24 hours ago, it looked as though the Milwaukee Brewers had turned a corner on their seesaw 2018 season.
Here we are, and now we know less than we did before this two-game set started.
Fresh off a 7-0 matinee shutout, the Brewers let a series win get away and, even though the standings remain the same as they did before–three games separate first and second place in the NL Central–the Brewers were better off Monday than they are today.
The Brewers played flawless baseball Tuesday. Their brand of ball was bush league Wednesday.
Junior Guerra, a pleasant surprise again for the first time, struggled to an atrocious 3 2/3 inning outing, yielding seven runs (six earned) from nine hits. It was clear early that Guerra didn’t have his best stuff.
Without strong starting pitching, the Brewers needed their offense to take the burden off their pitching. The Crew went 1-2-3 thrice and 1-2-3-4 four times. Even then, they left nine on base and threatened big innings in the two remaining frames.
The Cubs, though, kept their rivals at arm’s length: when the Brewers scored twice in the fourth to make the game 4-2, the Cubs scored three more times. When the Brewers plated two in the seventh, the Cubs added another insurance run. It was a systematic execution of a team that flopped out of the gate. The Cubs tasted blood and went for the kill.
Today, the better team was from the north side of Chicago. I hate typing that.
There were several troubling things to take away from the Brewers’ Wednesday dud. First, Guerra: in his last seven starts, he has gone 1-3 with a 5.73 ERA and 1.67 WHIP. Second, Ryan Braun‘s torso flared up again today and Manny Piña had to leave the game with a shoulder injury that forced him back to Milwaukee for further evaluation. Piña’s dealt with bumps and bruises and multiple shots to the piña all season, but his potential loss leaves the Brewers with Erik Kratz and likely Jacob Nottingham as their less-than-ideal catching duo.
Finally, the Brewers needed to treat this game like the play-in game. Craig Counsell probably should have had Guerra on a shorter leash as he did with Jhoulys Chacin early in the season. When it was clear that Guerra didn’t have it, he should have gone to the bullpen. When it appeared Anthony Rizzo was tagged out at first base, Counsell opted to pocket his challenge. That’s not entirely his responsibility, as was pointed out this afternoon in real-time on Twitter; however, a bold move and a shred of faith in the MLB replay system (which, frankly, isn’t trusted by much of anyone anymore and with good reason) could have saved a run, ended the third and perhaps helped stabilize a flailing club.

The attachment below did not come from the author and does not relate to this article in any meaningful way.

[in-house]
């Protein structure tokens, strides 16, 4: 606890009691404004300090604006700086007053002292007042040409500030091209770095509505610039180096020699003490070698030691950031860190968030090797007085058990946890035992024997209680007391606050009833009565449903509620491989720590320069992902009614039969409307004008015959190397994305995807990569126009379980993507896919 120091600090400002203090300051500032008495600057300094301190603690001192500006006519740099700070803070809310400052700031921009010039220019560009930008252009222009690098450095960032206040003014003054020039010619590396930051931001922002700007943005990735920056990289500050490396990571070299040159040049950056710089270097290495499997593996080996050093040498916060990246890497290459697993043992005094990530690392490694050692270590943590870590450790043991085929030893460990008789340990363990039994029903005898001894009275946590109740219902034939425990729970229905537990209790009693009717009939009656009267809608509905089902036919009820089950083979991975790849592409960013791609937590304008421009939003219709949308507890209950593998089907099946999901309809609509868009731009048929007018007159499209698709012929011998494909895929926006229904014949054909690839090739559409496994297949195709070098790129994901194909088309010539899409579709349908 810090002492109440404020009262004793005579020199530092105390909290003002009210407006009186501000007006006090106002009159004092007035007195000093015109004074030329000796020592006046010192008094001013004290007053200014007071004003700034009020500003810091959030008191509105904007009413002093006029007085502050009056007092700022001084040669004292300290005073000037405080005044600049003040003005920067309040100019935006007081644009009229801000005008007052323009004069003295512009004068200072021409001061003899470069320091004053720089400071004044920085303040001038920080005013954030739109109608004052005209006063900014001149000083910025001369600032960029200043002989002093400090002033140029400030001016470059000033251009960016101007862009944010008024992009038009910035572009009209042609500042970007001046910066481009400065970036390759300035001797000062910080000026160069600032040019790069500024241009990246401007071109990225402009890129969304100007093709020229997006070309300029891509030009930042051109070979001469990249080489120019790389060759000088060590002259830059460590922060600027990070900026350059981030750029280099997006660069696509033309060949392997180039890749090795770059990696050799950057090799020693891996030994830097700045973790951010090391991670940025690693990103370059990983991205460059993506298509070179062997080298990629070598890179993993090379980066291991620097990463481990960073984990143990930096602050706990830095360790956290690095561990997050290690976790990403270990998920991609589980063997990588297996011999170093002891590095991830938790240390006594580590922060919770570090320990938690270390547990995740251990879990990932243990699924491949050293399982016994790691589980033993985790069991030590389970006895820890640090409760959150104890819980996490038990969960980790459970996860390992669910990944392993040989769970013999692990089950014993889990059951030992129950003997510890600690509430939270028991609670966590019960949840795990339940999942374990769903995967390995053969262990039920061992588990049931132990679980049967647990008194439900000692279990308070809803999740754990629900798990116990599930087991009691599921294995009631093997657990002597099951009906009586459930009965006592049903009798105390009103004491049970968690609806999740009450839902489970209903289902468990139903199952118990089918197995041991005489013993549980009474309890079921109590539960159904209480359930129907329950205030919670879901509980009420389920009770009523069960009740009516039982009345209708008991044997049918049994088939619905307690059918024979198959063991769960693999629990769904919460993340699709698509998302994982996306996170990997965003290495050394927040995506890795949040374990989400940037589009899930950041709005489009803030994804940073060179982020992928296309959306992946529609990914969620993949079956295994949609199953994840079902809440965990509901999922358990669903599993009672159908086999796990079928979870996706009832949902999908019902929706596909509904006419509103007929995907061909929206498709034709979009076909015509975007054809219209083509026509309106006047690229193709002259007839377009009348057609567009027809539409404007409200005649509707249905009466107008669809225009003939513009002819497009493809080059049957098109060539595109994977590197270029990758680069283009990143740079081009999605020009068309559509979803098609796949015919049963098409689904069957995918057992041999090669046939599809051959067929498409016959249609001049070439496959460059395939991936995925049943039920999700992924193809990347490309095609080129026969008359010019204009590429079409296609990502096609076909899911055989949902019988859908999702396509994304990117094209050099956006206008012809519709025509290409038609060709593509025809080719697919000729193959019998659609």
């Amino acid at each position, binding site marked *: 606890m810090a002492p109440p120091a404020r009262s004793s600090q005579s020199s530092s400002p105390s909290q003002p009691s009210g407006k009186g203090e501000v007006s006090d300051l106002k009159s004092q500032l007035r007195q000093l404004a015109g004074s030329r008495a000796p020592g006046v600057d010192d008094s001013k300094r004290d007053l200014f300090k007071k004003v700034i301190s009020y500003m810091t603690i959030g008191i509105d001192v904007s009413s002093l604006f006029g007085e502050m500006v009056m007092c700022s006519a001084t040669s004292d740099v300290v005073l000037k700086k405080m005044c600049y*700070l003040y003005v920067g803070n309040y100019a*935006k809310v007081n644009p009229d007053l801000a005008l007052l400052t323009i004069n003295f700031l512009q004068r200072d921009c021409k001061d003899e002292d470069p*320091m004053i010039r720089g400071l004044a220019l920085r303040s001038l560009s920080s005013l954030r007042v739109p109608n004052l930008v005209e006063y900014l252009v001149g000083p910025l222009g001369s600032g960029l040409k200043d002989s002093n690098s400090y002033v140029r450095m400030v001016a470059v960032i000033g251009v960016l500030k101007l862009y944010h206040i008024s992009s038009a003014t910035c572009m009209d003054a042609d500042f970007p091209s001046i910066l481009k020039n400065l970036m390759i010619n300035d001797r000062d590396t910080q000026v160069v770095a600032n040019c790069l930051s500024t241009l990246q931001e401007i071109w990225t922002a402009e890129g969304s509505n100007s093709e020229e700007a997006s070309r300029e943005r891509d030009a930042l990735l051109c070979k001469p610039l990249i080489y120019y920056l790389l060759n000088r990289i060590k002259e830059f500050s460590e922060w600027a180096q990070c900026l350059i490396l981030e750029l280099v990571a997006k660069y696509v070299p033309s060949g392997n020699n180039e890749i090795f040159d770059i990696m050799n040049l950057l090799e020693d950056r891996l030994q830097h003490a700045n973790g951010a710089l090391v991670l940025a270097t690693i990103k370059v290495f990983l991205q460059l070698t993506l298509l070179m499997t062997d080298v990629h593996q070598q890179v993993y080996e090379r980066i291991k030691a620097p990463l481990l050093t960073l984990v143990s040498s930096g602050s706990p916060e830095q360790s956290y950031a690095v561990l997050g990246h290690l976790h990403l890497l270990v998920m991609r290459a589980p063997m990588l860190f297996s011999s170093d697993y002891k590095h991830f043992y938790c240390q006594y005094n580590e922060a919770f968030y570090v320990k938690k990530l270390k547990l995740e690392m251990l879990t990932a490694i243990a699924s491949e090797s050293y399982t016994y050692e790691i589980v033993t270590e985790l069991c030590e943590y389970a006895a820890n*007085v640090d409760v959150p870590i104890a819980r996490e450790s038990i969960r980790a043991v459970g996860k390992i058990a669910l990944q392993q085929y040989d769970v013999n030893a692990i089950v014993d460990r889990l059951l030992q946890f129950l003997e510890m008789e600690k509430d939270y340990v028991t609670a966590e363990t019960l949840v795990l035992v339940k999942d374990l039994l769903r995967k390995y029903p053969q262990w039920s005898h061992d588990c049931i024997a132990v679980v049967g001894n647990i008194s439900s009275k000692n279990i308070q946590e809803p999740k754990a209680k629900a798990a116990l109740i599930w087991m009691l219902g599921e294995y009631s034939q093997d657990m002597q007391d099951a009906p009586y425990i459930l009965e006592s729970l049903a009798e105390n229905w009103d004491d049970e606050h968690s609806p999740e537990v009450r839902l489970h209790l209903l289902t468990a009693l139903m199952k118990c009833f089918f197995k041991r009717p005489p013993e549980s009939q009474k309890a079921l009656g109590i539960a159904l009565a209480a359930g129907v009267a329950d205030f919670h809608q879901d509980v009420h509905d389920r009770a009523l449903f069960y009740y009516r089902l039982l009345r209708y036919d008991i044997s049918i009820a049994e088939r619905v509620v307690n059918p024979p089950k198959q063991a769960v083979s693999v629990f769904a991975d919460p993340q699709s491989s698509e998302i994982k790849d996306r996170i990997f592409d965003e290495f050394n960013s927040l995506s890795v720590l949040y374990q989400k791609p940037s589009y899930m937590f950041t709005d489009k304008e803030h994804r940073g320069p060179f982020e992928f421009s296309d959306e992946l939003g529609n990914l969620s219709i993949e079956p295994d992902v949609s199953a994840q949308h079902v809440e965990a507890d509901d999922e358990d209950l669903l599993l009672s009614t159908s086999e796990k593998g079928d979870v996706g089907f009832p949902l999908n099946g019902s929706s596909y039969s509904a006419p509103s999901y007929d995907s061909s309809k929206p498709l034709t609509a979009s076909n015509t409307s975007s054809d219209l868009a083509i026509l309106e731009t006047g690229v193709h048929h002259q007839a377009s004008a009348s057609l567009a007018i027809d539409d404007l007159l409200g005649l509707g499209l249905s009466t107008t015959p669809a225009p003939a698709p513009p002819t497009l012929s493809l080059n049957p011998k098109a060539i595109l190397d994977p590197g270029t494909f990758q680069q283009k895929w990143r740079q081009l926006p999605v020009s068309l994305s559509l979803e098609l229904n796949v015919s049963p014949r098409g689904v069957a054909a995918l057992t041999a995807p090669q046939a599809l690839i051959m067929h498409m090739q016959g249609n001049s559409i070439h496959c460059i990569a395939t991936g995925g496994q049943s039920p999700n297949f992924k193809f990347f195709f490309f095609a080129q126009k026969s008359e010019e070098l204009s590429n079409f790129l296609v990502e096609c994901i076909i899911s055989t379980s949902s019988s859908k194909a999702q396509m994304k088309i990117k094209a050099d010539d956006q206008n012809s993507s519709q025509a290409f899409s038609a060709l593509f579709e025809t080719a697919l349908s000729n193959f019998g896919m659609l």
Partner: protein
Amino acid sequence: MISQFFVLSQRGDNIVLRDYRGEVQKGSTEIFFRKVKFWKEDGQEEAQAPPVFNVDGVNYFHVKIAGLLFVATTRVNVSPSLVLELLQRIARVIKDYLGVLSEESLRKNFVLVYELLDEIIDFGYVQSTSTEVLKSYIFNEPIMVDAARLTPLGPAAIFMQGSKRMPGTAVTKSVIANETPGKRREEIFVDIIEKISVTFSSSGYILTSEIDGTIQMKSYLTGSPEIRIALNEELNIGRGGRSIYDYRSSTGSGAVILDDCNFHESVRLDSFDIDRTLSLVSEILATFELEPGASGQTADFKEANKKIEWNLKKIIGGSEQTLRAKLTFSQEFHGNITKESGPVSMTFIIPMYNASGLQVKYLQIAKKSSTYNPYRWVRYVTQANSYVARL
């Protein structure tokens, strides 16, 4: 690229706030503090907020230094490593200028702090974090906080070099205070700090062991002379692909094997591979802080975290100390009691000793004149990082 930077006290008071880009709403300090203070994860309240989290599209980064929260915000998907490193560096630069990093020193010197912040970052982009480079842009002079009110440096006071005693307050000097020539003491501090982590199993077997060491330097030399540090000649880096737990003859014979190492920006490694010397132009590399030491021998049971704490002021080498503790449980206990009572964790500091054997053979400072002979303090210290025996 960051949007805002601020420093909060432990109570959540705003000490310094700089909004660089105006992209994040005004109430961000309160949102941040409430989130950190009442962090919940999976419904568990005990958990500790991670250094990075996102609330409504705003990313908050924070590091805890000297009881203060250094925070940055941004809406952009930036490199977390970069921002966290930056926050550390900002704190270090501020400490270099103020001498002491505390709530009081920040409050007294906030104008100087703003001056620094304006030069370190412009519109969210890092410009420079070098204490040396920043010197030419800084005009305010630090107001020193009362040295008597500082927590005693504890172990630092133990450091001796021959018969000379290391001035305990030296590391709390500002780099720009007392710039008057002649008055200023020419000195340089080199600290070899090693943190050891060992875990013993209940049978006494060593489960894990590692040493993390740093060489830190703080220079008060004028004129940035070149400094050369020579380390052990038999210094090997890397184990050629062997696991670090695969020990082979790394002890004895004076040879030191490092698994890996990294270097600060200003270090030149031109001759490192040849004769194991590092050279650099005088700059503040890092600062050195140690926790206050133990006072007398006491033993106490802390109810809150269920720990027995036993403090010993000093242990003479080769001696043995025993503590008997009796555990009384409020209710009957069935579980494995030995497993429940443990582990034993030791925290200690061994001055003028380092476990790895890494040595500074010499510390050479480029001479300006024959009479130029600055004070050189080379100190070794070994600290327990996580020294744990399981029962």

This was one game, as yesterday’s victory was merely one game, but this was a prime opportunity to take it to the division leaders. This was nothing less than an opportunity squandered.
We haven’t spent much time or space here discussing Counsell’s managing this season. From where he was before, Craig Counsell has matured into a solid manager. Yes, he sometimes mishandles the bullpen, but if anyone has paid attention to the Brewers under Counsell during his entire tenure, this is far better than it ever was in his first season at the helm. Yes, he can get too cute with double switches, but more often than not, he trusts his club to get the job done. Often, he believes in his club to a fault, which is why the short leashes for starters earlier this season was so unusual.
On the whole, Counsell is not a micro-managing, game-bungling pseudo-leader who takes too much credit and none of the blame: Wisconsin fans will get plenty of that starting in September from the Lambeau Field press room.
The Brewers came into Wednesday full of hope. They leave Chicago with more banged-up bodies, the same three-game deficit they started with, a pitching staff on the ropes and now they head to St. Louis for another big inter-division series with another rival in the Cardinals, who are hitting the right gear at the right time after underachieving for a good portion of the season.
Brent Sirvio is a co-founder of Bronx to Bushville.